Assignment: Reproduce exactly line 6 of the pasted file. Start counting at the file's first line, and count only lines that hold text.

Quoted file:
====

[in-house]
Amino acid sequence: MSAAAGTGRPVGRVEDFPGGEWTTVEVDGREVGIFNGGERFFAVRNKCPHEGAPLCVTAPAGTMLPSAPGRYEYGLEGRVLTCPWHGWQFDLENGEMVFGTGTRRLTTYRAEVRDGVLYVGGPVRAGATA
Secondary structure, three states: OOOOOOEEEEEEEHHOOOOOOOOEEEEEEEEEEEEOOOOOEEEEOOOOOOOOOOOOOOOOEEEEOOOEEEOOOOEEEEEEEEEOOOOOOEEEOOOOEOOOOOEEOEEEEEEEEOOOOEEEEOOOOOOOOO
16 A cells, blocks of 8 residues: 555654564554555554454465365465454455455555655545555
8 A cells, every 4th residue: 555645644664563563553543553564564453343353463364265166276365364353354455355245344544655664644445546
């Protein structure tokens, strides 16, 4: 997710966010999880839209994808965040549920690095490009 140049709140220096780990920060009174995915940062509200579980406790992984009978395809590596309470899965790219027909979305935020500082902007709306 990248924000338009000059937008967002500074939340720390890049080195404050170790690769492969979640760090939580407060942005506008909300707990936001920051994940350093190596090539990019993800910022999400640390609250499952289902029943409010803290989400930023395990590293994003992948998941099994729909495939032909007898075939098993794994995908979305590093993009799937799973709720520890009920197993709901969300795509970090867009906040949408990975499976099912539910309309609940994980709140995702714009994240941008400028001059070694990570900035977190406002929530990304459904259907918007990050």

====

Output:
């Protein structure tokens, strides 16, 4: 997710966010999880839209994808965040549920690095490009 140049709140220096780990920060009174995915940062509200579980406790992984009978395809590596309470899965790219027909979305935020500082902007709306 990248924000338009000059937008967002500074939340720390890049080195404050170790690769492969979640760090939580407060942005506008909300707990936001920051994940350093190596090539990019993800910022999400640390609250499952289902029943409010803290989400930023395990590293994003992948998941099994729909495939032909007898075939098993794994995908979305590093993009799937799973709720520890009920197993709901969300795509970090867009906040949408990975499976099912539910309309609940994980709140995702714009994240941008400028001059070694990570900035977190406002929530990304459904259907918007990050």